At any given time, at least in recent decades, there is a debt ceiling in effect. If the debt grows to this ceiling level, many branches of government are shut down or only provide extremely limited service. However, the ceiling is routinely raised by passage of new laws by the United States Congress every year or so. The most recent example of this occurred in March of 2006, when the U.S. Congress agreed to raise the National Debt Ceiling to just under $9.000 trillion. Viewed alternately as a percentage of the GDP, the national debt rose sharply during World War II, reaching about 122% of GDP in 1946. As soon as the conflict ended, the debt began declining, reaching a postwar low of 32.6% of GDP in 1981. The debt then started rising again and peaked at 67.3% of GDP in 1996. It then dropped to 57.4% of GDP by 2001. The debt of the United States is on par with the debt of other developed countries, such as Germany and France.

Causes Opinions on the causes of the U.S. Federal Budget deficit vary greatly. The three that I have chosen to highlight are a decrease in the private saving rates of Americans, productivity growth and a slump in foreign domestic demand. Proponents of a decline in saving rate are also mainly supporters of the belief in American over-indulgence. Since the mid-1990s, the personal saving rate has declined from roughly 5 percent of disposable income to less than 2 percent, and gross private saving (which includes corporate saving) has edged down from about 16 percent of GDP to less than 15 percent.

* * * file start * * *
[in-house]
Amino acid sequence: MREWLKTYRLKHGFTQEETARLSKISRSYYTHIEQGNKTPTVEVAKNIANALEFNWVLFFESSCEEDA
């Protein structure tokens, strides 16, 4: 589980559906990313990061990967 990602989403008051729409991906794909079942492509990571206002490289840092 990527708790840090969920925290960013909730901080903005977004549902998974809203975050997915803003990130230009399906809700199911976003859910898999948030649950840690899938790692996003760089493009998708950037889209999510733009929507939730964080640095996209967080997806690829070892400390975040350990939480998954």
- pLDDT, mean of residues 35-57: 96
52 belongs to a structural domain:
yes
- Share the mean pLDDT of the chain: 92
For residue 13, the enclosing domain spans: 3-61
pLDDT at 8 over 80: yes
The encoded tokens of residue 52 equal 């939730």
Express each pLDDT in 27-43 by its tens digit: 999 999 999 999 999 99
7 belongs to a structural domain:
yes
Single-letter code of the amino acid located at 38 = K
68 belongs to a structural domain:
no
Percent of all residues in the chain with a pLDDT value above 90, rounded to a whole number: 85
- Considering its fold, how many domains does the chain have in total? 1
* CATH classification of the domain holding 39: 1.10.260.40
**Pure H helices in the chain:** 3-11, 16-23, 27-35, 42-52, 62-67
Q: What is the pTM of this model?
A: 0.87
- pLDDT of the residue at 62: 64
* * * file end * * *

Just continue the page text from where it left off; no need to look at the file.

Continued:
The decline in saving rates could reflect a structural shift in household saving and spending behavior. Continued financial liberalization and innovation have made it easier for Americans to borrow, particularly against their real estate wealth, and this easing may have led to greater consumption.

An impressive achievement of the U.S. economy which has contributed to its skyrocketing budget deficit is the surge in labor productivity growth from about 1-1/2 percent annually in the two decades preceding 1995 to roughly 3 percent in the period since then. This surge is viewed as having several important consequences. First, higher productivity growth boosted perceived rates of return on U.S. investments, thereby generating capital inflows that boosted the dollar. Second, these higher rates of return also led to a rise in domestic investment. Finally, expectations of higher returns boosted equity prices, household wealth, and perceived long-run income, and so consumption rose and saving rates declined. Under this explanation, all of these factors helped to widen the current account deficit.